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The Power of Prayer

6 spiritual leaders offer advice on how you can pray

Newly elected Pope Francis I waves from the balcony of St Peter's Basilica

Pope Francis I waves from a balcony of St. Peter’s Basilica. — Peter Macdiarmid/Getty Images

Cardinal Jorge Mario Bergoglio, 76, of Argentina was elected Pope Francis I on March 13 after two days of debate, discussion and prayer by the College of Cardinals.

Prayer plays a role in various spiritual traditions in different ways. Although a majority of Americans say they pray on a regular basis, there's no clear consensus on the best way to do it. We asked a panel of spiritual experts about how to make the most of prayer in daily life — and whether it's OK to improvise.

The late Mother Teresa prays in Calcutta, India, in 1989.

The late Mother Teresa prays in Calcutta in 1989. — Raghu Rai/Magnum Photos

Cofounder of the Insight Meditation Society in Barre, Mass.

Mother Teresa was asked once what she says when she prays to God. She answered, "I don't say anything. I just listen." "What does God say to you then?" they asked. "He doesn't say anything. He just listens. And if you don't understand this, I can't explain it to you." This is a very beautiful notion of prayer: refining the art of listening.  

Prayer is a process of purification. We're using prayer not only as a request but also as a way of transforming our own hearts and minds. This transformation is what we are asking for in prayer: the purification of our hearts from forces that cause suffering, greed, hatred, ignorance and so on. If we understand prayer as having this function, we can work internally to purify things we want to change.

Next page: Pray in your own way. »

"People need to pray in their own ways," says the Rev. Norm Eddy, seen here with a local resident in New York. — Bruce Davidson/Magnum Photos

East Harlem Protestant Parish in New York

I used to see this guy on Second Avenue. He had usually been drinking too much. One day, I asked him if he prayed. He turned around and shouted at me, "Yes. But in my own way!"

People need to pray in their own ways, depending on the person's personality, situation or beliefs. One thing I have noticed for sure, though, is that when you're going through a hard time, it is good to know that someone else is praying for exactly the same thing you are. Dual companionship in prayer is very important because it works better. The person facing problems knows he's not alone.

Next page: Consistency and confidence. »

People pray at a temple in China.

People pray at a temple in China. — Alex Majoli/Magnum Photos

Radio host and pastor of In Touch Ministries in Atlanta

The best way to pray is consistently and confidently. A loving and omnipotent God hears the prayers of human beings asking for mercy and says, "Forgiven." We never need to fear His answer.

Jesus said, "Ask, and it will be given to you; seek, and you will find; knock, and it will be opened to you. For everyone who asks receives, and he who seeks finds, and to him who knocks it will be opened." This means that we can come to God with all our cries, pleas, pain, hurt and simple requests, and He will listen and respond. Now, we may not get the answer we wanted, but God is a caring Father who wants to provide all the perfect love and wisdom we're willing to receive. God wants us to talk to Him and He promises to answer us.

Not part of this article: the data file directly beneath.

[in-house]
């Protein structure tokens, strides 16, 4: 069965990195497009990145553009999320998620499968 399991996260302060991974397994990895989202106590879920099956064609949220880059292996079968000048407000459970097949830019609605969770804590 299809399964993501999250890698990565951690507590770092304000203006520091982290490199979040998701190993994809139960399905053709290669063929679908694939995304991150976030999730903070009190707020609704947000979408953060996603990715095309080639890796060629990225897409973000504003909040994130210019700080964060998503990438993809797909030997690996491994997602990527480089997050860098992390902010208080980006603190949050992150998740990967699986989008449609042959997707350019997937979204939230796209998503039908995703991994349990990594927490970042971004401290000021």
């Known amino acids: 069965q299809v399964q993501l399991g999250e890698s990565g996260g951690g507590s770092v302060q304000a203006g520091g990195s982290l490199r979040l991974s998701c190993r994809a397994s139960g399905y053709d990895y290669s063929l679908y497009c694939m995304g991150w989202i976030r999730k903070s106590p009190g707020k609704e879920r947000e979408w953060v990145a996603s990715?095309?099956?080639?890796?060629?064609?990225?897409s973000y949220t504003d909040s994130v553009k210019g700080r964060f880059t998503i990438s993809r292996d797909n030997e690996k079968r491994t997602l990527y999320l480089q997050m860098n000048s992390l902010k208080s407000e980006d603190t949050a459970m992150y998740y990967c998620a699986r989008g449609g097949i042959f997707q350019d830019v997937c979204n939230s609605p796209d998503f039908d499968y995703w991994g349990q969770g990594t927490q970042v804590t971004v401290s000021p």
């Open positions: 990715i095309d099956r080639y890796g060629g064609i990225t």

Next page: Be thankful for what you have. »

"I don't have a prayer, of course, because I don't want anything but what I have," Byron Katie says. — Rick Rusing

Spiritual teacher and founder of The Work in Ojai, Calif.

I often say that if I had a prayer, it would be this: God, spare me from the desire for love, approval or appreciation. Amen. Love doesn't need to change anything. It already has everything it wants. It already is everything it wants, just the way it wants it.

I don't have a prayer, of course, because I don't want anything but what I have. I know the benevolence of life. Why would I pray for something different, which would always be less than what is? God is simply another name for reality. It's complete, it's perfect, it fills me with the utmost joy. The thought of asking for what isn't never even arises.

Next page: Open your heart. »

A woman meditates in a pool.

A woman meditates in a pool. — Colin Hawkins/cultura/Corbis


Founder and spiritual leader of Havurah Sim Shalom in New York

Prayer doesn't have to be formal.  Nor does it only happen in words. Prayer happens in moments of love, in our interactions with nature, the touch of our partners, and children and pets — wherever we can open our hearts to the divine energy that surrounds us all. Although there is no right or wrong way to pray in Judaism, here is one of my favorites. Close your eyes and recall a beautiful, loving and joyful memory. Then reflect on a Hebrew or English prayer, a poem or a song that has ever touched you. Gently speak the words while holding this memory in your mind. Then be still for a moment and be grateful for God's bounty. 

Next page: Ritual prayer. »

Amina Wadud leads a Friday prayer service in Oxford, England.

Amina Wadud leads a Friday prayer service in Oxford, England. — Kirsty Wigglesworth/AP


Muslim scholar and activist

Although we have two kinds of prayer in Islam — purely personal prayer and obligatory, formal, ritual prayer — there is strong emphasis on the latter. Ritual prayer five times a day is really a kind of supplication. Supplication allows a person to be "present" in whatever circumstances they find themselves:  joyous or sad, in need or in celebration. For many people, God is the Ultimate — that which is greater than oneself. Formal prayer connects us humble beings to that Ultimate. In the first kind of prayer, God is called to us. In the latter, we are called to God. 

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